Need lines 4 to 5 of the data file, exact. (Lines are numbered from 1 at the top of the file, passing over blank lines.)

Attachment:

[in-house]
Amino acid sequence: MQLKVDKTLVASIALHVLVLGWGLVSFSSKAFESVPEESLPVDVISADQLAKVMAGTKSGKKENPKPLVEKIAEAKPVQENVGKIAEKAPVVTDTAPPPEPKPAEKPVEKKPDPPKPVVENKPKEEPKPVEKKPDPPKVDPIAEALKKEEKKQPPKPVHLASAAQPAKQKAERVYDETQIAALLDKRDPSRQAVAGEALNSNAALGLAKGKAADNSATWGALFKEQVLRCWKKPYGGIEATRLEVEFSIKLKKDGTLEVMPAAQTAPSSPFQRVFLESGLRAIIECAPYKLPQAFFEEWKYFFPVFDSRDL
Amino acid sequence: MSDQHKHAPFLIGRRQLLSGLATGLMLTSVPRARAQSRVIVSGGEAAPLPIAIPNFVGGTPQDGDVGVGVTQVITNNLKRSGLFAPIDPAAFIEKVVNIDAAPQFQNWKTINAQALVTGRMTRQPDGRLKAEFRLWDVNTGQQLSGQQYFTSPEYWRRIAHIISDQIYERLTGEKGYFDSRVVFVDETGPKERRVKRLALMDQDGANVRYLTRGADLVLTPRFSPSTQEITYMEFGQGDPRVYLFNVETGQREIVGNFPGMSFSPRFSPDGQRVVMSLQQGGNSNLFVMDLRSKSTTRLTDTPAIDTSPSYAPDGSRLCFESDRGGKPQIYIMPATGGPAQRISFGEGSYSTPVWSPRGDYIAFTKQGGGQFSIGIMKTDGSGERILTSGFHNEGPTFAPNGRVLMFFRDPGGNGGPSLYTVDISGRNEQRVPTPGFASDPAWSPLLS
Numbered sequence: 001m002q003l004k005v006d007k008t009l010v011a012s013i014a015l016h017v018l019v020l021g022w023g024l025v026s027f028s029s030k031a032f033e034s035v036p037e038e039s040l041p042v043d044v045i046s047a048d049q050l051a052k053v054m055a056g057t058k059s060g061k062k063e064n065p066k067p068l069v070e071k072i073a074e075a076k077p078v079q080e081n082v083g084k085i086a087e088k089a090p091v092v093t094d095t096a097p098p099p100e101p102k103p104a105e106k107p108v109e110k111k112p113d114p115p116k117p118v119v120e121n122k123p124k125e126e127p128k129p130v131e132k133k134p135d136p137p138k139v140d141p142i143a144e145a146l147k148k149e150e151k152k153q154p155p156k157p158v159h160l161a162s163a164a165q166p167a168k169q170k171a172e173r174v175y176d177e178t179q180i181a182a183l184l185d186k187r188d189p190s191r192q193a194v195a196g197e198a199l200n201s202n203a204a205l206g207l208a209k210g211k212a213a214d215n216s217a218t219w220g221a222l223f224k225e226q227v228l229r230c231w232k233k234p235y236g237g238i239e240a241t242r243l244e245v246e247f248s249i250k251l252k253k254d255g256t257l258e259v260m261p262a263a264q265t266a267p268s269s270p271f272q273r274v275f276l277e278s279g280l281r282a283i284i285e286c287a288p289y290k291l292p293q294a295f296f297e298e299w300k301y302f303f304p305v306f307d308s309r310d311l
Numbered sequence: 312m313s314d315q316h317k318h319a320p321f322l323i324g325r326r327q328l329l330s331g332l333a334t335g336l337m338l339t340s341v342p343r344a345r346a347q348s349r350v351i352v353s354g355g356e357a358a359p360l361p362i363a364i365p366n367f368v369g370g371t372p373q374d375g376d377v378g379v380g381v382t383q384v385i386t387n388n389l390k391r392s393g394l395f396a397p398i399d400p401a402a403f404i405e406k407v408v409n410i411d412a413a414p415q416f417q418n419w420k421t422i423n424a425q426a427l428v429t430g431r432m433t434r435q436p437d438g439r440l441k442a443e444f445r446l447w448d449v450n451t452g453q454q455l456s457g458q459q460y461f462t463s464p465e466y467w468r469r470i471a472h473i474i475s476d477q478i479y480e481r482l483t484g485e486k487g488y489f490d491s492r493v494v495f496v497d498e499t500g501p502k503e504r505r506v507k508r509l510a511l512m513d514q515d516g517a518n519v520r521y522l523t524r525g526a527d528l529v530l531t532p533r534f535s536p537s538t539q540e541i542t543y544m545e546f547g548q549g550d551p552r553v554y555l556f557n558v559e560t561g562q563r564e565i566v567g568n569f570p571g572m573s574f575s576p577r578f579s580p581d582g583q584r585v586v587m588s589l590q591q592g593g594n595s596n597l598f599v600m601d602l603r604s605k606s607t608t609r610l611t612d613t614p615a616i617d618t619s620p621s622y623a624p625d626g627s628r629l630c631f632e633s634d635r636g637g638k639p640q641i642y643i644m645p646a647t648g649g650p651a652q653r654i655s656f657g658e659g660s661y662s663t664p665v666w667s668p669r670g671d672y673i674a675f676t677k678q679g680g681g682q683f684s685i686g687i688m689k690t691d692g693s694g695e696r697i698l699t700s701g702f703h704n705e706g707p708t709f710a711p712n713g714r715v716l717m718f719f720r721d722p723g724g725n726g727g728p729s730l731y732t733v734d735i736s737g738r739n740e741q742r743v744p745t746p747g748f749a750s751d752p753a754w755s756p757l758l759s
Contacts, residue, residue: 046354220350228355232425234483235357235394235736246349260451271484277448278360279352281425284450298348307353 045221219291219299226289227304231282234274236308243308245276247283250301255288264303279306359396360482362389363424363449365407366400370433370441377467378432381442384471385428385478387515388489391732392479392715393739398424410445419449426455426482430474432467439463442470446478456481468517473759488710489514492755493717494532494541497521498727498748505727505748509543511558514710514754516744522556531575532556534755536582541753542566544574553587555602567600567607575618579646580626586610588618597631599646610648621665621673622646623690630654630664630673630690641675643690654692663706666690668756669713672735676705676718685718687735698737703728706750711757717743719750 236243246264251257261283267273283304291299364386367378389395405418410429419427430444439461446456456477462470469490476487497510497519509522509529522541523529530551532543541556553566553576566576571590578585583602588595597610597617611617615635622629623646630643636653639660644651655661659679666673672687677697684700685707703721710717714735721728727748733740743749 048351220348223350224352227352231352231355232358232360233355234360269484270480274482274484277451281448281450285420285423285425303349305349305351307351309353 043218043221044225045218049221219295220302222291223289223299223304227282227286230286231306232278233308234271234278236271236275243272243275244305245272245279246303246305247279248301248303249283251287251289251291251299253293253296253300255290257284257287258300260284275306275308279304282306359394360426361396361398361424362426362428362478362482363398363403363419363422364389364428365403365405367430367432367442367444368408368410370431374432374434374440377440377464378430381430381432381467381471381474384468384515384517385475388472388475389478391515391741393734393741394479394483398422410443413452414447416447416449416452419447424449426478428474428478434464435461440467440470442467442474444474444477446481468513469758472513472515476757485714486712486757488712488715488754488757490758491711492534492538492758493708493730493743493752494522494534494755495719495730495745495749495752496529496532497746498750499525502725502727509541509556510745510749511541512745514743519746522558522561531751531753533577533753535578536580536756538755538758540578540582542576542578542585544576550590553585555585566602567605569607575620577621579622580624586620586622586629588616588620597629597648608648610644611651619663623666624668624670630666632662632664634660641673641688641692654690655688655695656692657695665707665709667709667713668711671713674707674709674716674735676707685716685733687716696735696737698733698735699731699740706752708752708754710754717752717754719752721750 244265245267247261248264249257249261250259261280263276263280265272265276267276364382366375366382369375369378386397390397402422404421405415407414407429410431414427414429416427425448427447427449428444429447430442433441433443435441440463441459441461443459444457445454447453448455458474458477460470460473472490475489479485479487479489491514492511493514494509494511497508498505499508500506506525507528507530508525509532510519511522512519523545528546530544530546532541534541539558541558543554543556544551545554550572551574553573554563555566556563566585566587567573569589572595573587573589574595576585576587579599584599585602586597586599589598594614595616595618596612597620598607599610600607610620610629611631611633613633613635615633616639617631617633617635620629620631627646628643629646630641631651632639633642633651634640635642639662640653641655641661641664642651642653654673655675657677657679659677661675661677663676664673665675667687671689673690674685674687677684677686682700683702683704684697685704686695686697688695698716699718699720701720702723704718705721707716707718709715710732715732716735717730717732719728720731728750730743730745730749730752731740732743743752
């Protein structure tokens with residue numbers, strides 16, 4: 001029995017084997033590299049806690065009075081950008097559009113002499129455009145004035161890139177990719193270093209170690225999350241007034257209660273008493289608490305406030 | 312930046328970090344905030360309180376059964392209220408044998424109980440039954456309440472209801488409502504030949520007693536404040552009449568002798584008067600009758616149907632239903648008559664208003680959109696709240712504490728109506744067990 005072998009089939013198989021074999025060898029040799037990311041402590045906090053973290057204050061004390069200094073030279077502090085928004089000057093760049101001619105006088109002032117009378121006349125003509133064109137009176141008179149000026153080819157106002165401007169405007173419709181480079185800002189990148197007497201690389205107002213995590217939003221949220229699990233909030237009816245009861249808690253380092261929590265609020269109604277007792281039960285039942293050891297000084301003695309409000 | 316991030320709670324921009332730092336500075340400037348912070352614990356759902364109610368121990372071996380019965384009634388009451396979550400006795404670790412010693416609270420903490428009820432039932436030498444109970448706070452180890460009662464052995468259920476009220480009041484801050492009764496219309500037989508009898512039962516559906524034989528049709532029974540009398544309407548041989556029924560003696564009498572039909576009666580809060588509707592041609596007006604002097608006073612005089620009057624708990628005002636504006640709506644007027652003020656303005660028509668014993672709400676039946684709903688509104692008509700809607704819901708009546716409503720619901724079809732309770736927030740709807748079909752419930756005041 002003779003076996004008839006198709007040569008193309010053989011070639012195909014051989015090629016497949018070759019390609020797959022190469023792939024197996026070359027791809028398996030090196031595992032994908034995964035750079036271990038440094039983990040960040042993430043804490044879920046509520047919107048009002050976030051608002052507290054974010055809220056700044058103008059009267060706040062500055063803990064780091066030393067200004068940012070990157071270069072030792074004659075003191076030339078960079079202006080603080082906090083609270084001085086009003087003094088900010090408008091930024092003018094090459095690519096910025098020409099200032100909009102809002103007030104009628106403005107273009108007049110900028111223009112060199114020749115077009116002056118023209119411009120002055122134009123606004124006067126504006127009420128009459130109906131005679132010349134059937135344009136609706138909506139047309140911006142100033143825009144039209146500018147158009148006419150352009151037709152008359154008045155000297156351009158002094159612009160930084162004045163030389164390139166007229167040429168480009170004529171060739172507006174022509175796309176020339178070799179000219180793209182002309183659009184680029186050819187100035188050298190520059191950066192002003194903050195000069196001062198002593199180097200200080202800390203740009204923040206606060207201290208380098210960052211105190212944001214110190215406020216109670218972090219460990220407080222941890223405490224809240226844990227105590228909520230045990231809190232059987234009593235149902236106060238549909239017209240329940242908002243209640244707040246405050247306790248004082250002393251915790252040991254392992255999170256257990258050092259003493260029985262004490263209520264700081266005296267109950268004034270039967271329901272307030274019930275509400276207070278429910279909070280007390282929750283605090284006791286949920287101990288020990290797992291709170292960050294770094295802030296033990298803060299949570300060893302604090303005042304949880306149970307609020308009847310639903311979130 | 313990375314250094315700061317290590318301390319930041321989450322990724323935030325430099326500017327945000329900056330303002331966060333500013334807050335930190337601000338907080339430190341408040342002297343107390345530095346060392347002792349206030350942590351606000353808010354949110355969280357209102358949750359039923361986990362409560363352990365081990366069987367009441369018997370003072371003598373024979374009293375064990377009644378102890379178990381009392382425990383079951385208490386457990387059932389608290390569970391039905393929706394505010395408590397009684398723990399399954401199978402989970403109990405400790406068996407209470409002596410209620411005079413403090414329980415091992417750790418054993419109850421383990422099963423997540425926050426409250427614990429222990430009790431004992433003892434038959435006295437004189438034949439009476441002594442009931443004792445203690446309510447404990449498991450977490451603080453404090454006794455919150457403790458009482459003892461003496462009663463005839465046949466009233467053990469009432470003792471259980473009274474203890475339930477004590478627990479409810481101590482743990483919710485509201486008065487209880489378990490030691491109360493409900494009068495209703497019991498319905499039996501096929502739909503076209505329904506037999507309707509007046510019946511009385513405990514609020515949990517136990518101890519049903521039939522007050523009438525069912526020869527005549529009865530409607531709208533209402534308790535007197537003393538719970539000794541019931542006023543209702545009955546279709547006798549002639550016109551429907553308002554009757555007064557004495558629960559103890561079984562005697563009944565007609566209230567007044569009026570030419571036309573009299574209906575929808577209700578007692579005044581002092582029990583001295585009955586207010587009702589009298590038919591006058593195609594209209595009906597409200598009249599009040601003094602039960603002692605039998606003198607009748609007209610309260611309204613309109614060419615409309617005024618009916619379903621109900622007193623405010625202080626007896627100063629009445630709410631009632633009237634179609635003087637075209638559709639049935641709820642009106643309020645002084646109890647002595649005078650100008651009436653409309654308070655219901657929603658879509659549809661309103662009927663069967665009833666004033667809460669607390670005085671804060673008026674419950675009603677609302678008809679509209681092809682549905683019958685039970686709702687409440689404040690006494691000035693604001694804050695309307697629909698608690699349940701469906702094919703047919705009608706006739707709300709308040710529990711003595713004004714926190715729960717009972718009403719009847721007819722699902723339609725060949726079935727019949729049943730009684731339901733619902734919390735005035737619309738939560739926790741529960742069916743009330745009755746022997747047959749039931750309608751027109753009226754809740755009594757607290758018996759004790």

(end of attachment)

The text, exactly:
Numbered sequence: 001m002q003l004k005v006d007k008t009l010v011a012s013i014a015l016h017v018l019v020l021g022w023g024l025v026s027f028s029s030k031a032f033e034s035v036p037e038e039s040l041p042v043d044v045i046s047a048d049q050l051a052k053v054m055a056g057t058k059s060g061k062k063e064n065p066k067p068l069v070e071k072i073a074e075a076k077p078v079q080e081n082v083g084k085i086a087e088k089a090p091v092v093t094d095t096a097p098p099p100e101p102k103p104a105e106k107p108v109e110k111k112p113d114p115p116k117p118v119v120e121n122k123p124k125e126e127p128k129p130v131e132k133k134p135d136p137p138k139v140d141p142i143a144e145a146l147k148k149e150e151k152k153q154p155p156k157p158v159h160l161a162s163a164a165q166p167a168k169q170k171a172e173r174v175y176d177e178t179q180i181a182a183l184l185d186k187r188d189p190s191r192q193a194v195a196g197e198a199l200n201s202n203a204a205l206g207l208a209k210g211k212a213a214d215n216s217a218t219w220g221a222l223f224k225e226q227v228l229r230c231w232k233k234p235y236g237g238i239e240a241t242r243l244e245v246e247f248s249i250k251l252k253k254d255g256t257l258e259v260m261p262a263a264q265t266a267p268s269s270p271f272q273r274v275f276l277e278s279g280l281r282a283i284i285e286c287a288p289y290k291l292p293q294a295f296f297e298e299w300k301y302f303f304p305v306f307d308s309r310d311l
Numbered sequence: 312m313s314d315q316h317k318h319a320p321f322l323i324g325r326r327q328l329l330s331g332l333a334t335g336l337m338l339t340s341v342p343r344a345r346a347q348s349r350v351i352v353s354g355g356e357a358a359p360l361p362i363a364i365p366n367f368v369g370g371t372p373q374d375g376d377v378g379v380g381v382t383q384v385i386t387n388n389l390k391r392s393g394l395f396a397p398i399d400p401a402a403f404i405e406k407v408v409n410i411d412a413a414p415q416f417q418n419w420k421t422i423n424a425q426a427l428v429t430g431r432m433t434r435q436p437d438g439r440l441k442a443e444f445r446l447w448d449v450n451t452g453q454q455l456s457g458q459q460y461f462t463s464p465e466y467w468r469r470i471a472h473i474i475s476d477q478i479y480e481r482l483t484g485e486k487g488y489f490d491s492r493v494v495f496v497d498e499t500g501p502k503e504r505r506v507k508r509l510a511l512m513d514q515d516g517a518n519v520r521y522l523t524r525g526a527d528l529v530l531t532p533r534f535s536p537s538t539q540e541i542t543y544m545e546f547g548q549g550d551p552r553v554y555l556f557n558v559e560t561g562q563r564e565i566v567g568n569f570p571g572m573s574f575s576p577r578f579s580p581d582g583q584r585v586v587m588s589l590q591q592g593g594n595s596n597l598f599v600m601d602l603r604s605k606s607t608t609r610l611t612d613t614p615a616i617d618t619s620p621s622y623a624p625d626g627s628r629l630c631f632e633s634d635r636g637g638k639p640q641i642y643i644m645p646a647t648g649g650p651a652q653r654i655s656f657g658e659g660s661y662s663t664p665v666w667s668p669r670g671d672y673i674a675f676t677k678q679g680g681g682q683f684s685i686g687i688m689k690t691d692g693s694g695e696r697i698l699t700s701g702f703h704n705e706g707p708t709f710a711p712n713g714r715v716l717m718f719f720r721d722p723g724g725n726g727g728p729s730l731y732t733v734d735i736s737g738r739n740e741q742r743v744p745t746p747g748f749a750s751d752p753a754w755s756p757l758l759s